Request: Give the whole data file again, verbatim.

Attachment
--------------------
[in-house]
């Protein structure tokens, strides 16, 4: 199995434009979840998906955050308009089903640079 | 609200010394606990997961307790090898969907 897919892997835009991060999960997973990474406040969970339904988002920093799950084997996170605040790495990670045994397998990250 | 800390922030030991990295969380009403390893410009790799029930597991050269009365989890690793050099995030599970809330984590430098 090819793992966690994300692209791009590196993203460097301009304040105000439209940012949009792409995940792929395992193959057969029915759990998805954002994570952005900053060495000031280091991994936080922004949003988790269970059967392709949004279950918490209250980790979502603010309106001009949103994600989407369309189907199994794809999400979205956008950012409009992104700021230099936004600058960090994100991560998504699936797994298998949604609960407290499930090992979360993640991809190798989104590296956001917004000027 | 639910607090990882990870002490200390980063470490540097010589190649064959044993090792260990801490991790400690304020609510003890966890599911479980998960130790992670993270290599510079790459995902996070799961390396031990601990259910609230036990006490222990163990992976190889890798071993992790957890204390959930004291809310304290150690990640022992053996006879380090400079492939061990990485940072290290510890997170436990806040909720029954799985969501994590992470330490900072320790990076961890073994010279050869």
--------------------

[in-house]
């Protein structure tokens, strides 16, 4: 199995434009979840998906955050308009089903640079 | 609200010394606990997961307790090898969907 897919892997835009991060999960997973990474406040969970339904988002920093799950084997996170605040790495990670045994397998990250 | 800390922030030991990295969380009403390893410009790799029930597991050269009365989890690793050099995030599970809330984590430098 090819793992966690994300692209791009590196993203460097301009304040105000439209940012949009792409995940792929395992193959057969029915759990998805954002994570952005900053060495000031280091991994936080922004949003988790269970059967392709949004279950918490209250980790979502603010309106001009949103994600989407369309189907199994794809999400979205956008950012409009992104700021230099936004600058960090994100991560998504699936797994298998949604609960407290499930090992979360993640991809190798989104590296956001917004000027 | 639910607090990882990870002490200390980063470490540097010589190649064959044993090792260990801490991790400690304020609510003890966890599911479980998960130790992670993270290599510079790459995902996070799961390396031990601990259910609230036990006490222990163990992976190889890798071993992790957890204390959930004291809310304290150690990640022992053996006879380090400079492939061990990485940072290290510890997170436990806040909720029954799985969501994590992470330490900072320790990076961890073994010279050869």